A commenter on one of the blogposts seems to sum up the life of a skeptic: “[S]ometimes being known to your family and friends [and colleagues, we would add] as a skeptic is a bit of a bummer because they may be reluctant to bring up certain topics for discussion, knowing that you will ‘spoil the fun’ by bringing critical thinking and skeptical analysis to the discussion. Usually these are the people who equate skepticism with close-mindedness.”

The lesson in all this is that our understanding of “healthy skepticism,” as advocated in these Pain-Topics UPDATES, may have an objective of “stopping the B.S.,” but it is not necessarily bent on “spoiling anyone’s fun.” And, it is not a close-minded approach that encourages contempt prior to adequate investigation.

Skepticism in pain research should drive a search for truth that recognizes and acknowledges the boundaries of uncertainty. Unfortunately, a great deal of research in the pain field seems driven by political agendas and hidden self-interests, so educated skeptics have much work ahead. We hope our readers are up to the task.

23 comments:

Anonymous said...

Strange that at some of the skeptic blogs there are “Google ads” for the very same products and services that the skeptics are grumbling about. Why would they do that -- unless their ultimate motive is to grab lots of attention and make some money in the process.

Osteofiles said...

At one point it was the skeptics who said "Prove that the earth is *not* flat".

Might does not equal right.

freetofu said...

I came upon Dr. Novella's blog a few years ago while looking for analyses of recent studies using toothpick placebos for acupuncture, and I think that, when he focuses on individual studies like these, his writing is some of the most insightful around (his verdict on acupuncture is that it is no better than placebo). I do tend to have problems with these writers when they overgeneralize, and, if I may indulge in a bit more generalization of my own, I sense some turf protection in their choice of bete noire. On the other hand, I think that generally their main concern is with the distortion of science-based medical practitioner education in the interest of CAM promotion, rather than with patient education. For a patient education-centered skeptical website I find quackwatch to be invaluable.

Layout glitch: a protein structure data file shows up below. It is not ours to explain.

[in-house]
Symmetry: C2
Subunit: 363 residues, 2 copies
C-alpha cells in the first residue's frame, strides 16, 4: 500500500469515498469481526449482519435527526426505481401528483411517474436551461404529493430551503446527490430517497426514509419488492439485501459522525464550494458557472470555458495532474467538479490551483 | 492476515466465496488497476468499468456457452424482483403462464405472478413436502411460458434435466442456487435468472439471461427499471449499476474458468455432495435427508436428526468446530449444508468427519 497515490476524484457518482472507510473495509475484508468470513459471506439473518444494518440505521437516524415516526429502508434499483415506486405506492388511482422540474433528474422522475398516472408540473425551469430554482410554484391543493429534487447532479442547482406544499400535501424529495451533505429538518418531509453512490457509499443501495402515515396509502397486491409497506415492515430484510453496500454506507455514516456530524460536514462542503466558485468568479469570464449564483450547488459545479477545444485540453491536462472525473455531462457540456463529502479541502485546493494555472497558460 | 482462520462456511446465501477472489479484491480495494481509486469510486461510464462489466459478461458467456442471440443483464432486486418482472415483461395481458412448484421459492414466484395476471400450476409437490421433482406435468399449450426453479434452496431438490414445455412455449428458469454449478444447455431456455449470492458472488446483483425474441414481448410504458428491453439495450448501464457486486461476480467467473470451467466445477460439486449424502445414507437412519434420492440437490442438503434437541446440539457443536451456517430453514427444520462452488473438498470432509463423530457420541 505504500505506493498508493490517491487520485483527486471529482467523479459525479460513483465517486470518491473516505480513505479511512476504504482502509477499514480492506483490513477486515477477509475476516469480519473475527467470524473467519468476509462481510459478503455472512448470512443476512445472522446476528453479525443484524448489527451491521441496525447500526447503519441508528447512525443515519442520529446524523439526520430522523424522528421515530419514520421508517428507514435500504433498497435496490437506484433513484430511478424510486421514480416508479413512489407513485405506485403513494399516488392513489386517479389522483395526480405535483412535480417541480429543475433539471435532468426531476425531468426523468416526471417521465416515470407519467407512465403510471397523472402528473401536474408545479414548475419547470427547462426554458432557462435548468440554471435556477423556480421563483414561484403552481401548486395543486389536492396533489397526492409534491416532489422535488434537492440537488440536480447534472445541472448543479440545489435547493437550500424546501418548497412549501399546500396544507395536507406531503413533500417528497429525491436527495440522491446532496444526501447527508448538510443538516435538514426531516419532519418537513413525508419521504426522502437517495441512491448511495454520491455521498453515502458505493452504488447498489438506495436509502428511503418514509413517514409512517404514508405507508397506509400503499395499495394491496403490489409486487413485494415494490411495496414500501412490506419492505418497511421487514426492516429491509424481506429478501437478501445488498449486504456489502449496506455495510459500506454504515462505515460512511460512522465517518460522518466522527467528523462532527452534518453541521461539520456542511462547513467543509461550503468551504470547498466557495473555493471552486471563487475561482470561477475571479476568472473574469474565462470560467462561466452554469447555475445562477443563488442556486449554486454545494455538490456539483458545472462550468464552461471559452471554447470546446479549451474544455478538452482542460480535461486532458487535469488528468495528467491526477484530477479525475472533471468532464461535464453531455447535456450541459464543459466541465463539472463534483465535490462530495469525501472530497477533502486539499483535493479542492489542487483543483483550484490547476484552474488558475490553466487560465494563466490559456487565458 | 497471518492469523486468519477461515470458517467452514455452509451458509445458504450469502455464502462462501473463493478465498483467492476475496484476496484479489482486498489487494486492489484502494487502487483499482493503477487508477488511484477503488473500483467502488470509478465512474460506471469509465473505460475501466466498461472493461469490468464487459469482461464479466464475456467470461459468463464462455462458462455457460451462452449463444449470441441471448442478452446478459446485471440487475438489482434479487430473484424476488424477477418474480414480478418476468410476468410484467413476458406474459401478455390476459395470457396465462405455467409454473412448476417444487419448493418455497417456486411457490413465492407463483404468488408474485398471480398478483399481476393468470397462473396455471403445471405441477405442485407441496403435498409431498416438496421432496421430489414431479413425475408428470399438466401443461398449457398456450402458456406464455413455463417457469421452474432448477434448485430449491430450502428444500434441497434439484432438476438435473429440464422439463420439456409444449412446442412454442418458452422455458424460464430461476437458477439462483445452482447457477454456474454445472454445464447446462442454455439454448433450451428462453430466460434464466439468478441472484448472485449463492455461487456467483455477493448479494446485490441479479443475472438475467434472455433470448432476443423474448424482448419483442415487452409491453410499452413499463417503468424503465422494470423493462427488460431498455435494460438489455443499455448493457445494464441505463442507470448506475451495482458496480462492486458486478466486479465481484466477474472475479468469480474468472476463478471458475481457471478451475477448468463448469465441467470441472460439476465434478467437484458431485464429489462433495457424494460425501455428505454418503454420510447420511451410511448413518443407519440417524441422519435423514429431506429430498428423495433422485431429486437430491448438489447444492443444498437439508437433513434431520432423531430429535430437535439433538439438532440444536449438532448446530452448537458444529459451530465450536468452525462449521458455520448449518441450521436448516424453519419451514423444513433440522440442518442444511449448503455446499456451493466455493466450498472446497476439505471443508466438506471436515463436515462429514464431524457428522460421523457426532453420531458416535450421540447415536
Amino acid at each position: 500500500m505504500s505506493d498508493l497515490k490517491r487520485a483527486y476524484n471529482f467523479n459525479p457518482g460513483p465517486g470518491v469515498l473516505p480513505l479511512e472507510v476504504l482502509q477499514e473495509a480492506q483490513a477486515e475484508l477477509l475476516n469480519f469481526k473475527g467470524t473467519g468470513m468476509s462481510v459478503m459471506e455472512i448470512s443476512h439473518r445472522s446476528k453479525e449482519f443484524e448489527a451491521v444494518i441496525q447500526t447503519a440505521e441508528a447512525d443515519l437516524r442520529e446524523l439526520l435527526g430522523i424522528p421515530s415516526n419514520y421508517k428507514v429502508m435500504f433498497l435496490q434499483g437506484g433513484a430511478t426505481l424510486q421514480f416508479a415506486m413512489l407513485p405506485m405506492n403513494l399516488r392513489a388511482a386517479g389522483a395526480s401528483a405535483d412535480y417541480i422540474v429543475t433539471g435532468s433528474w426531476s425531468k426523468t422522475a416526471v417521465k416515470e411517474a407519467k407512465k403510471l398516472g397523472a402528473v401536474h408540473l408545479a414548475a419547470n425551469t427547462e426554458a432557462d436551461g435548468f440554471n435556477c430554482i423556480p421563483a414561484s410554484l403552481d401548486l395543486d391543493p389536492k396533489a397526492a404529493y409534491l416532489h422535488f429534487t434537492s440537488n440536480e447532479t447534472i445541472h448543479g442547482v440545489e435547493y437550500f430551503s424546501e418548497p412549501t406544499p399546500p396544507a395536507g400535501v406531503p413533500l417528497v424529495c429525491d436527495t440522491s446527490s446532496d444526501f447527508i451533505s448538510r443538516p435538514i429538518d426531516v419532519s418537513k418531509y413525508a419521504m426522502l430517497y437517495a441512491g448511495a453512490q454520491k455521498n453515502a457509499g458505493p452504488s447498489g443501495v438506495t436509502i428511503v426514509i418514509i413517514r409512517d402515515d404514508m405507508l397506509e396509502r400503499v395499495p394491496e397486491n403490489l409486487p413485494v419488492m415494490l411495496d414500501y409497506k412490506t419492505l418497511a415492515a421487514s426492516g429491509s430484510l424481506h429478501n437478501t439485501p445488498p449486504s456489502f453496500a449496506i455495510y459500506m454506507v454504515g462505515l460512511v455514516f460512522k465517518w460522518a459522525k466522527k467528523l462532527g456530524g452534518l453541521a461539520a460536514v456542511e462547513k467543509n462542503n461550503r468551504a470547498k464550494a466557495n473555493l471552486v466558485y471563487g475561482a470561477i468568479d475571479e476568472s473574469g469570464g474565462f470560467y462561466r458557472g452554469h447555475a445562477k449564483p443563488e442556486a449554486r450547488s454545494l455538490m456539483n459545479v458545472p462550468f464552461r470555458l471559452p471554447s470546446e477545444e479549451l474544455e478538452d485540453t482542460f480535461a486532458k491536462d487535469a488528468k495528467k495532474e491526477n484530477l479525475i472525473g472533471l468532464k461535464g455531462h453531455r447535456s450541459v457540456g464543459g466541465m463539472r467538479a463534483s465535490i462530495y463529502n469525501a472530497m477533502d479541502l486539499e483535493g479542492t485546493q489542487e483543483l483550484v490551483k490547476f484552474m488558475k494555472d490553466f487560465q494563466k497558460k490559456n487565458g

On the other hand, I find that this blog can err overmuch on the side of open-mindedness at times. A while back you presented a list of alternative treatments, with a request for any suggested additions from readers. I was tempted to suggest trigger point therapy and Feldenkrais technique, both of which I use to self-treat, and which don't appear ever to have been mentioned here, but I did not want them to be equated with things like energy healing.

My attitude toward mainstream vs. alternative medicine is that, within the former group their are many treatments where the scientific and evidentiary support is solid, and within the latter group there are treatments that can be confidently dismissed on the same grounds, but that there also exists within both groups a grey area where the main support comes in the form of tradition and anecdotes, and so the question that decides whether it is to be considered mainstream or CAM is, whose tradition and whose anecdotes. As a patient I would like to have guidance in navigating this grey area, and I find such guidance very hard to come by.

At the same time, I think one should remember that, in the case of pain, the symptoms are mostly subjective, and the risks of ineffective treatment are low, and therefore the common approach of throwing anything one finds at the condition and seeing what sticks, with little regard to whether it's "real" or placebo, seem to be a reasonable one from the patient's point of view.

SB. Leavitt, MA, PhD said...

Thank you, “freetofu,” for the very thoughtful comments above. I will take your statement that “this [UPDATES] blog can err overmuch on the side of open-mindedness” as a compliment; far better, in my view, than for us to be the other way around.